What’s in a Name?

Southern Sixty Seven race programmes from Keith’s collection

Why Southern Sixty Seven Racing? Well the name once had some significance in the world of amateur motorcycle racing. There was a time when it was hard for privateers to find a way of participating in this exciting sport. The sport had always been avidly followed by loyal supporters, some of whom were aspiring riders, but who could only dream of finding themselves a works ride with one of the major manufacturers. Young men (and some women) found themselves being tempted to try to attain speeds on two wheels far in excess of those permitted or even capable of being achieved on the public roads. Some of these young lads found that it was possible to build up fast machines in the back garden shed and that there was the opportunity from time to time to get them out on one of the country’s famous circuits.

To facilitate this a number of local clubs had sprung up to organize race meetings for amateur riders all over the country. In the Thames Valley one such club was The Southern Sixty Seven Racing Club set up by the late Jim Pink an acclaimed TT racer and dealer from Wallingford in Oxfordshire. The headquarters for the club was the Dolphin Hotel in the town.

S67 newsletters from Keith’s collection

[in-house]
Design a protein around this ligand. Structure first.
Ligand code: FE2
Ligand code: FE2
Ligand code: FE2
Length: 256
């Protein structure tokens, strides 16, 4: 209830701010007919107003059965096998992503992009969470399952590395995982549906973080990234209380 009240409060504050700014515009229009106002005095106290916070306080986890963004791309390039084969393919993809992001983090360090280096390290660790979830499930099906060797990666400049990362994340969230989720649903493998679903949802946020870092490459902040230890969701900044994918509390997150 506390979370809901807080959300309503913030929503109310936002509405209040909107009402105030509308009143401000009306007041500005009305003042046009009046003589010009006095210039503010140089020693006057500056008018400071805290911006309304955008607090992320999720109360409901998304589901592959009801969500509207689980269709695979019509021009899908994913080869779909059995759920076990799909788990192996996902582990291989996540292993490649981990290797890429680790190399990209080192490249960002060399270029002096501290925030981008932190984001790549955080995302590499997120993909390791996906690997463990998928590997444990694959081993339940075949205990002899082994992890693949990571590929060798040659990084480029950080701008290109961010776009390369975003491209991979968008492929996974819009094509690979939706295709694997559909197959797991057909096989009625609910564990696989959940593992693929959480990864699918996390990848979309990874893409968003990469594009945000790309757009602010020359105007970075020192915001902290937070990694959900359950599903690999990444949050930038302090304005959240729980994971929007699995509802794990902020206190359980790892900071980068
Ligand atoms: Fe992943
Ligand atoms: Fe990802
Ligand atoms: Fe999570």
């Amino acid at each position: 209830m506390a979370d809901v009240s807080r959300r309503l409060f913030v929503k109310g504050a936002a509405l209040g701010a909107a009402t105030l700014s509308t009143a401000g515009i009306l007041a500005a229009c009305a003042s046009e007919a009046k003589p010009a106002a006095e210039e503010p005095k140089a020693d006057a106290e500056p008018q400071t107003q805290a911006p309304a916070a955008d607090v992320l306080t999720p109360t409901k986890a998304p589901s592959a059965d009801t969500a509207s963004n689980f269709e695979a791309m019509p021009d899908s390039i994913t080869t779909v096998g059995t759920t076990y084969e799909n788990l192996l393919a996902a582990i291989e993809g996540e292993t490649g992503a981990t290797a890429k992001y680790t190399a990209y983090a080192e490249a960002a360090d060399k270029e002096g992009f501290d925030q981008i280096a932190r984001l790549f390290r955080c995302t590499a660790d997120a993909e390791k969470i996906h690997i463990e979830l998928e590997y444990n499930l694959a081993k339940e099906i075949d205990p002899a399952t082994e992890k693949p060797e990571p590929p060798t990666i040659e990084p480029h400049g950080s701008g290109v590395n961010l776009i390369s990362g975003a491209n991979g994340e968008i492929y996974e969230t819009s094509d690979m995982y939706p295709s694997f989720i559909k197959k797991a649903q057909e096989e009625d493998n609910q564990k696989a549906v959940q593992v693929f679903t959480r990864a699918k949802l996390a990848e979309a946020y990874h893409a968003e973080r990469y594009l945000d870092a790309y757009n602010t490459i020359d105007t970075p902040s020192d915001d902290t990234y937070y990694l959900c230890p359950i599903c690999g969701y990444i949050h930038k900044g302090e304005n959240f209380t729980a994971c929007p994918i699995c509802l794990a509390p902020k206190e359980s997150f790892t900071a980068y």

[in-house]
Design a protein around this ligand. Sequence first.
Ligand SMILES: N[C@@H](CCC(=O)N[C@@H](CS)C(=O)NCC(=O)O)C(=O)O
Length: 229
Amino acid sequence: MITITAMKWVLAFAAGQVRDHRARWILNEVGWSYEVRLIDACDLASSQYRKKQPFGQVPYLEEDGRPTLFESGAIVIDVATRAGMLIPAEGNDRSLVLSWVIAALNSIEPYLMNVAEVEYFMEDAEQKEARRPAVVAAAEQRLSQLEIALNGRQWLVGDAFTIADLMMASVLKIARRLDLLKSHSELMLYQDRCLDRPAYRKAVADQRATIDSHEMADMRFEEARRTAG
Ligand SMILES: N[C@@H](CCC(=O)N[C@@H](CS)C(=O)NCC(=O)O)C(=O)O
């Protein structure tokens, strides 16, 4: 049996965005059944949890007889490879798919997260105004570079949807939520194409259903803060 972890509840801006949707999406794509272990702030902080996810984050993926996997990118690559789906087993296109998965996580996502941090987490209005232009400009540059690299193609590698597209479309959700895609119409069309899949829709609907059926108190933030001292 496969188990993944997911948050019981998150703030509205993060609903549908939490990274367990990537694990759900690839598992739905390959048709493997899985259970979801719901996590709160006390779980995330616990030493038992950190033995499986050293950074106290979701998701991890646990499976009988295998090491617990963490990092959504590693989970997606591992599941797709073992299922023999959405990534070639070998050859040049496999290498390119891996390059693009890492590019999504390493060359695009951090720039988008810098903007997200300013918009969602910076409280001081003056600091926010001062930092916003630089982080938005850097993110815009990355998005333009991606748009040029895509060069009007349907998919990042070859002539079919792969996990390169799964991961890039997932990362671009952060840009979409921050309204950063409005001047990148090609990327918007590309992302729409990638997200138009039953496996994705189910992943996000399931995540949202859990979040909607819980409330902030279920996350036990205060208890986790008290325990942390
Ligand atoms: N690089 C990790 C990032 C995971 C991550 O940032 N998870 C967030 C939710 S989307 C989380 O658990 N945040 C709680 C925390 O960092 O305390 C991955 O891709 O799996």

Over the years the Club put on many meetings at circuits around the south of the country. Jim specialised in the lightweight classes. He was a concessionaire for a lesser known Japanese manufacturer, Tohatsu. Jim, besides his own successes also helped some other well known riders realise their aspirations, including the late Dave Simmonds. Jim’s son Tony also pursued a career in racing and like many others started on board a 250cc Greeves Silverstone, an excellent little offering from the Essex factory. Many young riders were to learn their skills on one these machines. Indeed the racing school based at Brands Hatch and run by another former champion TT racer, Chas Mortimer had a number of these fast little bikes. Some very famous names learned their skills here under his tuition.

Jim’s garage, still family owned thrives in the Oxfordshire market town, where it was opened in 1960. Today, run by Tony, it specialises in car sales and servicing.

Things that hold special memories for us and remind us of our younger days are important and Keith has always had special affection for this almost forgotten club and the people who enabled riders to get up onto the first rung of the racing ladder. It seemed only appropriate to name the enterprise after the club. So the name Southern Sixty Seven Racing was reborn.